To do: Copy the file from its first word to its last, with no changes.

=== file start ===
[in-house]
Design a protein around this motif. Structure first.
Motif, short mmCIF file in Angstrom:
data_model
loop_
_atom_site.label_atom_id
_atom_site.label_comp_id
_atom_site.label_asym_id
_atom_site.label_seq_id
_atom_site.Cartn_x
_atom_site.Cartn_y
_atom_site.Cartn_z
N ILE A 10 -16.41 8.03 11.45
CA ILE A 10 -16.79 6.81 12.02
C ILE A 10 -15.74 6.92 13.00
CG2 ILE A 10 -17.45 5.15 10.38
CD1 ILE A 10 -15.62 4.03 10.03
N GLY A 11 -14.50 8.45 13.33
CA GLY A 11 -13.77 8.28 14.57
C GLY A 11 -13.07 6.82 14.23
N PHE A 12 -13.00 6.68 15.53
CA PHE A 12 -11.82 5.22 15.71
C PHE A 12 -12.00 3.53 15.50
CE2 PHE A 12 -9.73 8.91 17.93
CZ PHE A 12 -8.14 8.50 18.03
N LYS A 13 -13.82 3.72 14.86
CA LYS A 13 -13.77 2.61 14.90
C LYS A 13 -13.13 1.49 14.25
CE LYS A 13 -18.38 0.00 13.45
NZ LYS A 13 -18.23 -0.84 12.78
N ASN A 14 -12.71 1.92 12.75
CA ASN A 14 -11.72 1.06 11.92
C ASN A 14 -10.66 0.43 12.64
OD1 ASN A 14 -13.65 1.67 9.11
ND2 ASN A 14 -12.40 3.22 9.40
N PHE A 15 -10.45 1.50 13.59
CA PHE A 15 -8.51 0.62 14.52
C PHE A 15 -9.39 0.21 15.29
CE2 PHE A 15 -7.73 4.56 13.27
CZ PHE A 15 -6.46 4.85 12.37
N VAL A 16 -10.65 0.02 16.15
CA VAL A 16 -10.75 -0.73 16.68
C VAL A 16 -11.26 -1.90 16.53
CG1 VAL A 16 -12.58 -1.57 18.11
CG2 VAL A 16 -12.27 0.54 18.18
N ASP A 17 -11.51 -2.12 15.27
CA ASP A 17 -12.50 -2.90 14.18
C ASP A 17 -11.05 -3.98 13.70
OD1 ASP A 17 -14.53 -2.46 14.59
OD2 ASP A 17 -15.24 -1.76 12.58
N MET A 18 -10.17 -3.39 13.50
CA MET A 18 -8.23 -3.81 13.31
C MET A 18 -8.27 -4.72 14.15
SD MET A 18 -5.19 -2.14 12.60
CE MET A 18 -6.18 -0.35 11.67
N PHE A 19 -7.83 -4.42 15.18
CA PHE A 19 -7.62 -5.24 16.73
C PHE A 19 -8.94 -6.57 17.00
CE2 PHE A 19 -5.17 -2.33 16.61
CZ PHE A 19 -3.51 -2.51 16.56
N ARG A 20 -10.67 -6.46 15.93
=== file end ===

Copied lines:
[in-house]
Design a protein around this motif. Structure first.
Motif, short mmCIF file in Angstrom:
data_model
loop_
_atom_site.label_atom_id
_atom_site.label_comp_id
_atom_site.label_asym_id
_atom_site.label_seq_id
_atom_site.Cartn_x
_atom_site.Cartn_y
_atom_site.Cartn_z
N ILE A 10 -16.41 8.03 11.45
CA ILE A 10 -16.79 6.81 12.02
C ILE A 10 -15.74 6.92 13.00
CG2 ILE A 10 -17.45 5.15 10.38
CD1 ILE A 10 -15.62 4.03 10.03
N GLY A 11 -14.50 8.45 13.33
CA GLY A 11 -13.77 8.28 14.57
C GLY A 11 -13.07 6.82 14.23
N PHE A 12 -13.00 6.68 15.53
CA PHE A 12 -11.82 5.22 15.71
C PHE A 12 -12.00 3.53 15.50
CE2 PHE A 12 -9.73 8.91 17.93
CZ PHE A 12 -8.14 8.50 18.03
N LYS A 13 -13.82 3.72 14.86
CA LYS A 13 -13.77 2.61 14.90
C LYS A 13 -13.13 1.49 14.25
CE LYS A 13 -18.38 0.00 13.45
NZ LYS A 13 -18.23 -0.84 12.78
N ASN A 14 -12.71 1.92 12.75
CA ASN A 14 -11.72 1.06 11.92
C ASN A 14 -10.66 0.43 12.64
OD1 ASN A 14 -13.65 1.67 9.11
ND2 ASN A 14 -12.40 3.22 9.40
N PHE A 15 -10.45 1.50 13.59
CA PHE A 15 -8.51 0.62 14.52
C PHE A 15 -9.39 0.21 15.29
CE2 PHE A 15 -7.73 4.56 13.27
CZ PHE A 15 -6.46 4.85 12.37
N VAL A 16 -10.65 0.02 16.15
CA VAL A 16 -10.75 -0.73 16.68
C VAL A 16 -11.26 -1.90 16.53
CG1 VAL A 16 -12.58 -1.57 18.11
CG2 VAL A 16 -12.27 0.54 18.18
N ASP A 17 -11.51 -2.12 15.27
CA ASP A 17 -12.50 -2.90 14.18
C ASP A 17 -11.05 -3.98 13.70
OD1 ASP A 17 -14.53 -2.46 14.59
OD2 ASP A 17 -15.24 -1.76 12.58
N MET A 18 -10.17 -3.39 13.50
CA MET A 18 -8.23 -3.81 13.31
C MET A 18 -8.27 -4.72 14.15
SD MET A 18 -5.19 -2.14 12.60
CE MET A 18 -6.18 -0.35 11.67
N PHE A 19 -7.83 -4.42 15.18
CA PHE A 19 -7.62 -5.24 16.73
C PHE A 19 -8.94 -6.57 17.00
CE2 PHE A 19 -5.17 -2.33 16.61
CZ PHE A 19 -3.51 -2.51 16.56
N ARG A 20 -10.67 -6.46 15.93